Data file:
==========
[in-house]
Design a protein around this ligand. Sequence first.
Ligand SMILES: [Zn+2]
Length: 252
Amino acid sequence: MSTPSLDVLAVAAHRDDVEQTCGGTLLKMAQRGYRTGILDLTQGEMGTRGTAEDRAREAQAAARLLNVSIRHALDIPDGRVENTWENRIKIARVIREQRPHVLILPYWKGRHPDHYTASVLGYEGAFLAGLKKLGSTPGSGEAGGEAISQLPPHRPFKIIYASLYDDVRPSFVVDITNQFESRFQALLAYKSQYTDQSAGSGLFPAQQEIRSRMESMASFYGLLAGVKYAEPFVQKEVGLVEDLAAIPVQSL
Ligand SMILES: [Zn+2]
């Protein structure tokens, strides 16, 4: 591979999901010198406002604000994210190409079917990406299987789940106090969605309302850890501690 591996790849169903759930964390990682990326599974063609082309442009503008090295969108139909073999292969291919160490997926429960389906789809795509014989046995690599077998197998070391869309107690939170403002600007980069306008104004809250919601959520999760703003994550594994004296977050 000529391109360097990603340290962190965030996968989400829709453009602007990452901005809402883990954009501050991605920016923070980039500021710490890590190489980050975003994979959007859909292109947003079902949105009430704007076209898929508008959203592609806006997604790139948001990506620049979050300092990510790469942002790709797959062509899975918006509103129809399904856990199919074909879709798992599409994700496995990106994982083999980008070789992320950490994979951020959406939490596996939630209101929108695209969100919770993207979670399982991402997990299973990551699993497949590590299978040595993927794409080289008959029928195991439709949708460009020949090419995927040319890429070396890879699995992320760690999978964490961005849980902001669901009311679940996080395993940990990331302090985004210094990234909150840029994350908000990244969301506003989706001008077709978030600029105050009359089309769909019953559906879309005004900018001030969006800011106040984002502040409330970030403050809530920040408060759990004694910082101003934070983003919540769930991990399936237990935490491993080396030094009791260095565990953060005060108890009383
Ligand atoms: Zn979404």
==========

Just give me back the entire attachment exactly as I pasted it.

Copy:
[in-house]
Design a protein around this ligand. Sequence first.
Ligand SMILES: [Zn+2]
Length: 252
Amino acid sequence: MSTPSLDVLAVAAHRDDVEQTCGGTLLKMAQRGYRTGILDLTQGEMGTRGTAEDRAREAQAAARLLNVSIRHALDIPDGRVENTWENRIKIARVIREQRPHVLILPYWKGRHPDHYTASVLGYEGAFLAGLKKLGSTPGSGEAGGEAISQLPPHRPFKIIYASLYDDVRPSFVVDITNQFESRFQALLAYKSQYTDQSAGSGLFPAQQEIRSRMESMASFYGLLAGVKYAEPFVQKEVGLVEDLAAIPVQSL
Ligand SMILES: [Zn+2]
């Protein structure tokens, strides 16, 4: 591979999901010198406002604000994210190409079917990406299987789940106090969605309302850890501690 591996790849169903759930964390990682990326599974063609082309442009503008090295969108139909073999292969291919160490997926429960389906789809795509014989046995690599077998197998070391869309107690939170403002600007980069306008104004809250919601959520999760703003994550594994004296977050 000529391109360097990603340290962190965030996968989400829709453009602007990452901005809402883990954009501050991605920016923070980039500021710490890590190489980050975003994979959007859909292109947003079902949105009430704007076209898929508008959203592609806006997604790139948001990506620049979050300092990510790469942002790709797959062509899975918006509103129809399904856990199919074909879709798992599409994700496995990106994982083999980008070789992320950490994979951020959406939490596996939630209101929108695209969100919770993207979670399982991402997990299973990551699993497949590590299978040595993927794409080289008959029928195991439709949708460009020949090419995927040319890429070396890879699995992320760690999978964490961005849980902001669901009311679940996080395993940990990331302090985004210094990234909150840029994350908000990244969301506003989706001008077709978030600029105050009359089309769909019953559906879309005004900018001030969006800011106040984002502040409330970030403050809530920040408060759990004694910082101003934070983003919540769930991990399936237990935490491993080396030094009791260095565990953060005060108890009383
Ligand atoms: Zn979404």